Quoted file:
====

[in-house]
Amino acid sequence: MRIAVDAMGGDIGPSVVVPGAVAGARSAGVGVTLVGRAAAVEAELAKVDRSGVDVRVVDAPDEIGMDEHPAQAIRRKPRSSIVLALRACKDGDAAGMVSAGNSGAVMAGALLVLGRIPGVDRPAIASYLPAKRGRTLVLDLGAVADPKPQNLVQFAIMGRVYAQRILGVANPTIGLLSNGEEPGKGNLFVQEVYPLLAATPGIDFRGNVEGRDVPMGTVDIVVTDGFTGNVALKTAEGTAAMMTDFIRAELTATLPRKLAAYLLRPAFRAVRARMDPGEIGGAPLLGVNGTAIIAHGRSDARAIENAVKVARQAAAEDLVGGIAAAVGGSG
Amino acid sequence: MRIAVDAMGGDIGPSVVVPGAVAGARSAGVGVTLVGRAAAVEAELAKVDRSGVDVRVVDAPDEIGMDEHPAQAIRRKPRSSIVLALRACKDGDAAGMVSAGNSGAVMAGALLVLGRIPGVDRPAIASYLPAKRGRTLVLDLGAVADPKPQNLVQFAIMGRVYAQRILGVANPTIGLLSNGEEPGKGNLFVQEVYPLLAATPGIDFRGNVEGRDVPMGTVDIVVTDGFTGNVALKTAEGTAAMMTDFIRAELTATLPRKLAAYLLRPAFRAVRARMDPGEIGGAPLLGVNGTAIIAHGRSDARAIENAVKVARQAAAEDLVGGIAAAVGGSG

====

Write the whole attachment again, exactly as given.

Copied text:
[in-house]
Amino acid sequence: MRIAVDAMGGDIGPSVVVPGAVAGARSAGVGVTLVGRAAAVEAELAKVDRSGVDVRVVDAPDEIGMDEHPAQAIRRKPRSSIVLALRACKDGDAAGMVSAGNSGAVMAGALLVLGRIPGVDRPAIASYLPAKRGRTLVLDLGAVADPKPQNLVQFAIMGRVYAQRILGVANPTIGLLSNGEEPGKGNLFVQEVYPLLAATPGIDFRGNVEGRDVPMGTVDIVVTDGFTGNVALKTAEGTAAMMTDFIRAELTATLPRKLAAYLLRPAFRAVRARMDPGEIGGAPLLGVNGTAIIAHGRSDARAIENAVKVARQAAAEDLVGGIAAAVGGSG
Amino acid sequence: MRIAVDAMGGDIGPSVVVPGAVAGARSAGVGVTLVGRAAAVEAELAKVDRSGVDVRVVDAPDEIGMDEHPAQAIRRKPRSSIVLALRACKDGDAAGMVSAGNSGAVMAGALLVLGRIPGVDRPAIASYLPAKRGRTLVLDLGAVADPKPQNLVQFAIMGRVYAQRILGVANPTIGLLSNGEEPGKGNLFVQEVYPLLAATPGIDFRGNVEGRDVPMGTVDIVVTDGFTGNVALKTAEGTAAMMTDFIRAELTATLPRKLAAYLLRPAFRAVRARMDPGEIGGAPLLGVNGTAIIAHGRSDARAIENAVKVARQAAAEDLVGGIAAAVGGSG